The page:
Monsanto recently got approval for its DroughtGard seed corn, and other seed makers, including Pioneer Hi-Bred International Inc. and Syngenta, have begun selling drought-tolerant but conventionally bred corn varieties. Companies are also trying to develop drought-resistant soybean, cotton and wheat strains that can "thrive in a world that's getting hotter and drier," reports Richard Lopez of the Los Angeles Times.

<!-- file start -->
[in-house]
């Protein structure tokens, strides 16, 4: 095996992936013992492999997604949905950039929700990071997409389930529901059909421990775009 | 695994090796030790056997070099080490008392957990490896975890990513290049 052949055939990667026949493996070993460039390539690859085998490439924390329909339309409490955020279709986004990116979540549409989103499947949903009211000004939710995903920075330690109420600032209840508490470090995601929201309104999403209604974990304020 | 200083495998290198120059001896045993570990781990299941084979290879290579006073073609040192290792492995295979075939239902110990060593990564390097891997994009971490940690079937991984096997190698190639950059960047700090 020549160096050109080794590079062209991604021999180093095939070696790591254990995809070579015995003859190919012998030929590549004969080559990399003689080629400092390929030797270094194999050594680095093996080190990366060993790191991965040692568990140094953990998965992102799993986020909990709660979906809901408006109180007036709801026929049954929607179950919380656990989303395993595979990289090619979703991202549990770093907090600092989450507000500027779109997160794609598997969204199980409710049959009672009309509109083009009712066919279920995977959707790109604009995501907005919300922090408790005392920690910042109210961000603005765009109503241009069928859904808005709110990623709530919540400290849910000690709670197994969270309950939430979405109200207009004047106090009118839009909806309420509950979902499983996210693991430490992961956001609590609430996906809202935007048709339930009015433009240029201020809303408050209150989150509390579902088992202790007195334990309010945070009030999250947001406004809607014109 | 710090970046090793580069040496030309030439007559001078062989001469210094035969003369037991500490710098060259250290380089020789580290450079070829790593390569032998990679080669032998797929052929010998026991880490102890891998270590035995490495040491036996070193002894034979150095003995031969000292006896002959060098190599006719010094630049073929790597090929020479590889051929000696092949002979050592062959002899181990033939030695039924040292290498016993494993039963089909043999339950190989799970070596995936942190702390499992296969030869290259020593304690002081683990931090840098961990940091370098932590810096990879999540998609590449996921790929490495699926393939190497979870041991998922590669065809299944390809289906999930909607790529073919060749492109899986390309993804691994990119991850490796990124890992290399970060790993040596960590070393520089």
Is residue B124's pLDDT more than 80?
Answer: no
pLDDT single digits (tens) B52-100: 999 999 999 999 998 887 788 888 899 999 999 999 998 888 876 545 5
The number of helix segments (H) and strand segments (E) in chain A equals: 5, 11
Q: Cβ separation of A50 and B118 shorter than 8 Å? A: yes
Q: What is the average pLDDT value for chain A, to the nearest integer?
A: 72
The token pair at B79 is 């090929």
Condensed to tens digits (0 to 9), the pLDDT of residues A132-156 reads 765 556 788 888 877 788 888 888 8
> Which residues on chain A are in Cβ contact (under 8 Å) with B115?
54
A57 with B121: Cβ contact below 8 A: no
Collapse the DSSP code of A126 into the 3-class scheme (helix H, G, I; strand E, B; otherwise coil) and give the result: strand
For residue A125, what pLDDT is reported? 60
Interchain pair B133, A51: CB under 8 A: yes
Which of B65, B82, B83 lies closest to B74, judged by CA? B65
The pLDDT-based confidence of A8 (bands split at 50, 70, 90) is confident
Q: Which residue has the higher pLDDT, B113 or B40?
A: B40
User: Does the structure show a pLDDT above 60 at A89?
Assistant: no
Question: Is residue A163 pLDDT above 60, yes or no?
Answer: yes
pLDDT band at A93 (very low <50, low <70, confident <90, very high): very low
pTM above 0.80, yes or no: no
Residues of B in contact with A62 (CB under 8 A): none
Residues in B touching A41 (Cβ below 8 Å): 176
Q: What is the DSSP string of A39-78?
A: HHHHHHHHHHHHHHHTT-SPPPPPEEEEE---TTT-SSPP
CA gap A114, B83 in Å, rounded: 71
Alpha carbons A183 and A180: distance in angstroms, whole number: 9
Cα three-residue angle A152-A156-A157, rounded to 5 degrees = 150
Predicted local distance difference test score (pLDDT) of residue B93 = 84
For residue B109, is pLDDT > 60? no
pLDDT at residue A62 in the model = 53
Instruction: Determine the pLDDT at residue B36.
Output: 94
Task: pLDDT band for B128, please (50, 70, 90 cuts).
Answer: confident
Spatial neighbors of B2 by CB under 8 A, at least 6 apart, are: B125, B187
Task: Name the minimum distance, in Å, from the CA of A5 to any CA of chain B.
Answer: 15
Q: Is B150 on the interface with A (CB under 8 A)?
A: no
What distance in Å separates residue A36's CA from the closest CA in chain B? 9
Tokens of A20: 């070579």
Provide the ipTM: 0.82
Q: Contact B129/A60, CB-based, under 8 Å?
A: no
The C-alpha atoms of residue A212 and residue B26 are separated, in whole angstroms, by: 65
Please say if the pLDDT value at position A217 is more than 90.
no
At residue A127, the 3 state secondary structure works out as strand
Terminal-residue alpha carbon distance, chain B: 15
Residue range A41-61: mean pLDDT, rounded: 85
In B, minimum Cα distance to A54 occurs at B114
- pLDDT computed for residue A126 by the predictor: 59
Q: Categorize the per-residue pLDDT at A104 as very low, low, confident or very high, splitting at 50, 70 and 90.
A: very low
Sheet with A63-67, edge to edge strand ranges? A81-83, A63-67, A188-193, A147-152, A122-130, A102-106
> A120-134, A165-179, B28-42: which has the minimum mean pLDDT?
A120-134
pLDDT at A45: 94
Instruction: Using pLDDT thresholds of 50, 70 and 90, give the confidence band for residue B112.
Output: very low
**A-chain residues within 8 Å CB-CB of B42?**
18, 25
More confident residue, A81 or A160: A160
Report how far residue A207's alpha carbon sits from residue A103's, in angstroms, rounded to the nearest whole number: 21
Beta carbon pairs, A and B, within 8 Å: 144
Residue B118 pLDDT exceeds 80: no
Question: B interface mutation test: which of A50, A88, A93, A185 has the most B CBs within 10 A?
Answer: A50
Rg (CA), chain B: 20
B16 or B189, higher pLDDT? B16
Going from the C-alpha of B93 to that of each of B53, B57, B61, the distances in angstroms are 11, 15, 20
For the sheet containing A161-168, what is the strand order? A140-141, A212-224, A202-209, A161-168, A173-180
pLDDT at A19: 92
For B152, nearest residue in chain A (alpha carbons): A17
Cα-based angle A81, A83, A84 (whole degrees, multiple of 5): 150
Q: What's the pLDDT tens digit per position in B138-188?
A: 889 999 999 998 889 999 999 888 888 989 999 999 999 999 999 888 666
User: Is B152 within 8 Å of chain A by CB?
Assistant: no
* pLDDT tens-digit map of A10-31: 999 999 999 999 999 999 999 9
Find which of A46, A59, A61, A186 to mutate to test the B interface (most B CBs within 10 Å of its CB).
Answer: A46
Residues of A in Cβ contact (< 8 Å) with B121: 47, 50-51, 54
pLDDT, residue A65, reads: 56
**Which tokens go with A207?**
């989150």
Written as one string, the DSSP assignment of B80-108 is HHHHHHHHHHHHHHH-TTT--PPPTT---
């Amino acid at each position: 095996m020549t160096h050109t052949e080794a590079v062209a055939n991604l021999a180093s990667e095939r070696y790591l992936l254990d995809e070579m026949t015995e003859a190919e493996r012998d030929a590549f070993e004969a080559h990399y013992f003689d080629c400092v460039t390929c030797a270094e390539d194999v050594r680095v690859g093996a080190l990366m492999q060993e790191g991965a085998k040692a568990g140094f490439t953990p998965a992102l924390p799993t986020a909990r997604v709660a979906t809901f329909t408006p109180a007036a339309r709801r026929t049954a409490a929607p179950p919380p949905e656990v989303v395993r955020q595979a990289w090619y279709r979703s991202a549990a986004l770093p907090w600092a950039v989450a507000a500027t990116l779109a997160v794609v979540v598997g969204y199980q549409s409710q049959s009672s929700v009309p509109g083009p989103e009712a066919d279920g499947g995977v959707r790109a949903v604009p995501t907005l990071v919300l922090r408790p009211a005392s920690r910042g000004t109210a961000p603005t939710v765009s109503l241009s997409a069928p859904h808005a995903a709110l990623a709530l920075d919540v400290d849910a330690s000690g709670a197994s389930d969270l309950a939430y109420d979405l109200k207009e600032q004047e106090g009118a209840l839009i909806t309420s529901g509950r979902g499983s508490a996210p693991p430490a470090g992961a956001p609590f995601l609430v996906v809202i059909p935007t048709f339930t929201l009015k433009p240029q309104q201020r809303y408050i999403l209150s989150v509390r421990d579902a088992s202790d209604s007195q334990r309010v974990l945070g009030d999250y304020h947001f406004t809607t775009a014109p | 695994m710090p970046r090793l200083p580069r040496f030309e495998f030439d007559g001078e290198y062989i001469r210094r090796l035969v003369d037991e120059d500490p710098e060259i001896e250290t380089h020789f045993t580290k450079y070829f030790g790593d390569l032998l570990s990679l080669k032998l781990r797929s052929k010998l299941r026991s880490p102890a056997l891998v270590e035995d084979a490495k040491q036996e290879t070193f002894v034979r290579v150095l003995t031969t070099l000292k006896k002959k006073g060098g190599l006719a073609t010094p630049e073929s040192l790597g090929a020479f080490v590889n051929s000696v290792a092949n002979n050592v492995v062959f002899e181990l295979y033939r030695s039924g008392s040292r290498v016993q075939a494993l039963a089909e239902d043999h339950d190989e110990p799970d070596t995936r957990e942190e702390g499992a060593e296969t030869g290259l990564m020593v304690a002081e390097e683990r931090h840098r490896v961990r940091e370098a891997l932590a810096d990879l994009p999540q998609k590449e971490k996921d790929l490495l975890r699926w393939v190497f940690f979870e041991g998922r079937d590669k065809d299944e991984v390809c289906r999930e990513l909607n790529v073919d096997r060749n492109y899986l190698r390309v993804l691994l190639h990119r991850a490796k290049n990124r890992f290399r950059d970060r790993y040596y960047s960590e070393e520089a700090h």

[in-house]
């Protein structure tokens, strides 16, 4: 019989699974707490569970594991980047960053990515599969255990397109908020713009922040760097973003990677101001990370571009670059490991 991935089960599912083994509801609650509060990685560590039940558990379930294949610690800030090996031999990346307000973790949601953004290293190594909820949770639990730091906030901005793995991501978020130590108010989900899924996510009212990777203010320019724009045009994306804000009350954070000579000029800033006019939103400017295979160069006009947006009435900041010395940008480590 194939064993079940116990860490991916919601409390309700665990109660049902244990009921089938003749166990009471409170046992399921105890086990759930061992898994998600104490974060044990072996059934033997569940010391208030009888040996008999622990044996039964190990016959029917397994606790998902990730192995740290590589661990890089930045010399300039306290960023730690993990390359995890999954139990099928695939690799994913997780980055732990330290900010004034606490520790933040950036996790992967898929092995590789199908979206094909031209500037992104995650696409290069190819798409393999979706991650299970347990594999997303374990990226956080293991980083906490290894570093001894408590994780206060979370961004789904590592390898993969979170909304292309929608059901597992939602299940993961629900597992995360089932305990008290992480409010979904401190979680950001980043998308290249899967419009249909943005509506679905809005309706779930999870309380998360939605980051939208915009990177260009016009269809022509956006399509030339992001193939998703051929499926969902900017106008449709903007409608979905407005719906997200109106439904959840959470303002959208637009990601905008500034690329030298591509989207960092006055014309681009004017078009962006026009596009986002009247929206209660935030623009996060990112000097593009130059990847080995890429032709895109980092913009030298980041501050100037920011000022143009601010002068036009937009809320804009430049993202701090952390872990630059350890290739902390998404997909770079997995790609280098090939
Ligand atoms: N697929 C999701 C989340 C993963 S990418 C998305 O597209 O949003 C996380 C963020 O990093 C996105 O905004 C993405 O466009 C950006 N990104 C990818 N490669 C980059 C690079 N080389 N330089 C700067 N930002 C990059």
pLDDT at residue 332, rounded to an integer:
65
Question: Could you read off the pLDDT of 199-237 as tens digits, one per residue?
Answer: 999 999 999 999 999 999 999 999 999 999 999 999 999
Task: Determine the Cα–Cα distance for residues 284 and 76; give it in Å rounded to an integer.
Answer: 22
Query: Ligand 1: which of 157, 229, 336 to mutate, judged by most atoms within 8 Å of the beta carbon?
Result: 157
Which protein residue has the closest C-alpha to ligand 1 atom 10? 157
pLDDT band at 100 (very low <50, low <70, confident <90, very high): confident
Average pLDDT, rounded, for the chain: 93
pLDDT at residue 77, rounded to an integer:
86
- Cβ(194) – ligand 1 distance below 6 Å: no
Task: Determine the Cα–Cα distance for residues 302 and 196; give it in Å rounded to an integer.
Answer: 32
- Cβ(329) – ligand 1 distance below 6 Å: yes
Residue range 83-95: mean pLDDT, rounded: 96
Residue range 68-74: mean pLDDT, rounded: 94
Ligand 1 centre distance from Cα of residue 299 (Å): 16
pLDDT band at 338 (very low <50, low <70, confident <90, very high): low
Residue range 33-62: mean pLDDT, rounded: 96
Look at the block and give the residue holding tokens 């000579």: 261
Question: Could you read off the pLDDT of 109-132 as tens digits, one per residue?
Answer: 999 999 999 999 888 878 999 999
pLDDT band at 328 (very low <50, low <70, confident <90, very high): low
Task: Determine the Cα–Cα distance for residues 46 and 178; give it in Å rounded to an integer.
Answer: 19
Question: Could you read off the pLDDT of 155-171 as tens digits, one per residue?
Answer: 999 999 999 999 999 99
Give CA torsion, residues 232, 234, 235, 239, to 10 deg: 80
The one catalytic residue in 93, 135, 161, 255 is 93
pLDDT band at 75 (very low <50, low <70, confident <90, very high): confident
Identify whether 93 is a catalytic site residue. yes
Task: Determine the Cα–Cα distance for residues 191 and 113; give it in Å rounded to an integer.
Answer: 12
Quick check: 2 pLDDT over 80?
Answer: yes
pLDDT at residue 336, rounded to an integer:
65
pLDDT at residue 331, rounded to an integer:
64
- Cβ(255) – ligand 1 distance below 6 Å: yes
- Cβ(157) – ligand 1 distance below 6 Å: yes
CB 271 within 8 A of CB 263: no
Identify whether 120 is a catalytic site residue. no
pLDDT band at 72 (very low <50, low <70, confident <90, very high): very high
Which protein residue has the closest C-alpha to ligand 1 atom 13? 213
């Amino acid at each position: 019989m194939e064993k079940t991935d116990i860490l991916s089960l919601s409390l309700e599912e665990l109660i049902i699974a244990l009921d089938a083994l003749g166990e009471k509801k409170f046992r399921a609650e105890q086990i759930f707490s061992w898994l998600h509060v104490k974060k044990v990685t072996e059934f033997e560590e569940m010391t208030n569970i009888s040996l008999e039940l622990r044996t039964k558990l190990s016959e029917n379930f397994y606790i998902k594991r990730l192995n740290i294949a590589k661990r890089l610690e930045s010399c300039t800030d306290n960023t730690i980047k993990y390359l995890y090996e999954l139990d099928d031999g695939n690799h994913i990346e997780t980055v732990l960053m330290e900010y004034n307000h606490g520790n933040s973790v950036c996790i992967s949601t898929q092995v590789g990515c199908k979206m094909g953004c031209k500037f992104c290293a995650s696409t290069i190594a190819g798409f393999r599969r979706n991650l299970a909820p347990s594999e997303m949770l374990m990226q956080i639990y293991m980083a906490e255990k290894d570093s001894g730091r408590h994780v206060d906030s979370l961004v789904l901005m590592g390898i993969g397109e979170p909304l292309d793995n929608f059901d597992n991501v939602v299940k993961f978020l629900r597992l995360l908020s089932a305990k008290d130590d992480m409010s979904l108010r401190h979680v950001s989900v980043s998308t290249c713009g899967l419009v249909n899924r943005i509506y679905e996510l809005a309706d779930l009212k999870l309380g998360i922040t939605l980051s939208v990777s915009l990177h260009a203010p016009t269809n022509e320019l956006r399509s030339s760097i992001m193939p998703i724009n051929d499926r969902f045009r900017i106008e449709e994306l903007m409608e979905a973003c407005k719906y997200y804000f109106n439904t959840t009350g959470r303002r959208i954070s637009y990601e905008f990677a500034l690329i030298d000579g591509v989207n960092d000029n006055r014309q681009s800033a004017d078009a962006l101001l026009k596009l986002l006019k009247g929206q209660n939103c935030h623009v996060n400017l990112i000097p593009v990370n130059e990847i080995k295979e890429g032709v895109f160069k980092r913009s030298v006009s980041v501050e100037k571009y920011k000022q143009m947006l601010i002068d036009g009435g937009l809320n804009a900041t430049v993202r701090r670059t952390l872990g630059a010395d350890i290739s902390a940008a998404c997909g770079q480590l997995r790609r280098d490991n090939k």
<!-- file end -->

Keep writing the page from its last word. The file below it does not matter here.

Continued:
The majority of seed corn is already genetically modified to repel pests and create higher yields, and there are public concerns arising about the "unforeseen consequences of this genetic tinkering," Lopez reports. But researchers say creating drought-tolerant or resistant seeds is a priority, especially in the wake of this year's oppressive and costly drought. "We don't need to stigmatize these approaches," Kent Bradford, head of the Seed Biotechnology Center at the University of California, Davis. (Read more)